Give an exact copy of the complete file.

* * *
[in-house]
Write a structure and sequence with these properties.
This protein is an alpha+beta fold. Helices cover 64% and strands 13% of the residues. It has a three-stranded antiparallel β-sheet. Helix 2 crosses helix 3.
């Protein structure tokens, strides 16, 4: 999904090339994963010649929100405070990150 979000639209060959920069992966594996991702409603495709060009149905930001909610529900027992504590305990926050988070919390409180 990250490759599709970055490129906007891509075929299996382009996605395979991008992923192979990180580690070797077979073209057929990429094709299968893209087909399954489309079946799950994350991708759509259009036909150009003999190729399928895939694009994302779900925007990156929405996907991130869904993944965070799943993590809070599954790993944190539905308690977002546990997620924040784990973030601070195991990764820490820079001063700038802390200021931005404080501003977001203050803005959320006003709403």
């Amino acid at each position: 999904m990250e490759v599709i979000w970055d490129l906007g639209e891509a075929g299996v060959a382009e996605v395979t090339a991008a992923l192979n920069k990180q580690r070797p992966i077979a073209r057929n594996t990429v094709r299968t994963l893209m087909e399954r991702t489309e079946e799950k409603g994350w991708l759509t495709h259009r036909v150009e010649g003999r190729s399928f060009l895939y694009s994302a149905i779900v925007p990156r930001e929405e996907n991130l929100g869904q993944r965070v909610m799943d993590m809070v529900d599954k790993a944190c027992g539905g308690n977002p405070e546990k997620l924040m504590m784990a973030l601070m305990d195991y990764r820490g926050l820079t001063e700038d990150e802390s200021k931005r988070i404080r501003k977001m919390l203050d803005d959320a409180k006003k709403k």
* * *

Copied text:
[in-house]
Write a structure and sequence with these properties.
This protein is an alpha+beta fold. Helices cover 64% and strands 13% of the residues. It has a three-stranded antiparallel β-sheet. Helix 2 crosses helix 3.
């Protein structure tokens, strides 16, 4: 999904090339994963010649929100405070990150 979000639209060959920069992966594996991702409603495709060009149905930001909610529900027992504590305990926050988070919390409180 990250490759599709970055490129906007891509075929299996382009996605395979991008992923192979990180580690070797077979073209057929990429094709299968893209087909399954489309079946799950994350991708759509259009036909150009003999190729399928895939694009994302779900925007990156929405996907991130869904993944965070799943993590809070599954790993944190539905308690977002546990997620924040784990973030601070195991990764820490820079001063700038802390200021931005404080501003977001203050803005959320006003709403």
């Amino acid at each position: 999904m990250e490759v599709i979000w970055d490129l906007g639209e891509a075929g299996v060959a382009e996605v395979t090339a991008a992923l192979n920069k990180q580690r070797p992966i077979a073209r057929n594996t990429v094709r299968t994963l893209m087909e399954r991702t489309e079946e799950k409603g994350w991708l759509t495709h259009r036909v150009e010649g003999r190729s399928f060009l895939y694009s994302a149905i779900v925007p990156r930001e929405e996907n991130l929100g869904q993944r965070v909610m799943d993590m809070v529900d599954k790993a944190c027992g539905g308690n977002p405070e546990k997620l924040m504590m784990a973030l601070m305990d195991y990764r820490g926050l820079t001063e700038d990150e802390s200021k931005r988070i404080r501003k977001m919390l203050d803005d959320a409180k006003k709403k």